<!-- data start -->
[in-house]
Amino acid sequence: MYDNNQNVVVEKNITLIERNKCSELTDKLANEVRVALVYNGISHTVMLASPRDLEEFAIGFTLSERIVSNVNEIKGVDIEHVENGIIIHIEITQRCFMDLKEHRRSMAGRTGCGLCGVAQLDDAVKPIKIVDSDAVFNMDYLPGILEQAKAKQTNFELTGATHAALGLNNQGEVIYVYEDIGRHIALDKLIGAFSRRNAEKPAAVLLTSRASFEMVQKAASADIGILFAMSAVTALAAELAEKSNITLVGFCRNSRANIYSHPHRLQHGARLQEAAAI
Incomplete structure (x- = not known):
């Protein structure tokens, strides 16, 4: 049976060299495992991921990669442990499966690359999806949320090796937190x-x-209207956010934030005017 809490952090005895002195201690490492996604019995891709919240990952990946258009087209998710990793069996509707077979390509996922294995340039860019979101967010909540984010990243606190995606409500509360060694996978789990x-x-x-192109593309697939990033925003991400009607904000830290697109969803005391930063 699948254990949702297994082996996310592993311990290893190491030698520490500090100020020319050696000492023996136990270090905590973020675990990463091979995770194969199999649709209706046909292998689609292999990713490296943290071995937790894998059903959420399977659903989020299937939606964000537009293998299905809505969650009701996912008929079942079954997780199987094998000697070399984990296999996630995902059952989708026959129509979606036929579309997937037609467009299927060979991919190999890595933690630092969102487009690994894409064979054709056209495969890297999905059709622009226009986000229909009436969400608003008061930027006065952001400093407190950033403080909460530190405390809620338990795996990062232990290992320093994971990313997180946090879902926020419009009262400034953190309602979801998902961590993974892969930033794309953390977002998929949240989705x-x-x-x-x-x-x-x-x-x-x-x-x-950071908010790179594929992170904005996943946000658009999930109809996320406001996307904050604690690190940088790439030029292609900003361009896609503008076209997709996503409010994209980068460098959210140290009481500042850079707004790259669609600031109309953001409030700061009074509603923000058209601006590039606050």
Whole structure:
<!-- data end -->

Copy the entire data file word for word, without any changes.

[in-house]
Amino acid sequence: MYDNNQNVVVEKNITLIERNKCSELTDKLANEVRVALVYNGISHTVMLASPRDLEEFAIGFTLSERIVSNVNEIKGVDIEHVENGIIIHIEITQRCFMDLKEHRRSMAGRTGCGLCGVAQLDDAVKPIKIVDSDAVFNMDYLPGILEQAKAKQTNFELTGATHAALGLNNQGEVIYVYEDIGRHIALDKLIGAFSRRNAEKPAAVLLTSRASFEMVQKAASADIGILFAMSAVTALAAELAEKSNITLVGFCRNSRANIYSHPHRLQHGARLQEAAAI
Incomplete structure (x- = not known):
């Protein structure tokens, strides 16, 4: 049976060299495992991921990669442990499966690359999806949320090796937190x-x-209207956010934030005017 809490952090005895002195201690490492996604019995891709919240990952990946258009087209998710990793069996509707077979390509996922294995340039860019979101967010909540984010990243606190995606409500509360060694996978789990x-x-x-192109593309697939990033925003991400009607904000830290697109969803005391930063 699948254990949702297994082996996310592993311990290893190491030698520490500090100020020319050696000492023996136990270090905590973020675990990463091979995770194969199999649709209706046909292998689609292999990713490296943290071995937790894998059903959420399977659903989020299937939606964000537009293998299905809505969650009701996912008929079942079954997780199987094998000697070399984990296999996630995902059952989708026959129509979606036929579309997937037609467009299927060979991919190999890595933690630092969102487009690994894409064979054709056209495969890297999905059709622009226009986000229909009436969400608003008061930027006065952001400093407190950033403080909460530190405390809620338990795996990062232990290992320093994971990313997180946090879902926020419009009262400034953190309602979801998902961590993974892969930033794309953390977002998929949240989705x-x-x-x-x-x-x-x-x-x-x-x-x-950071908010790179594929992170904005996943946000658009999930109809996320406001996307904050604690690190940088790439030029292609900003361009896609503008076209997709996503409010994209980068460098959210140290009481500042850079707004790259669609600031109309953001409030700061009074509603923000058209601006590039606050």
Whole structure: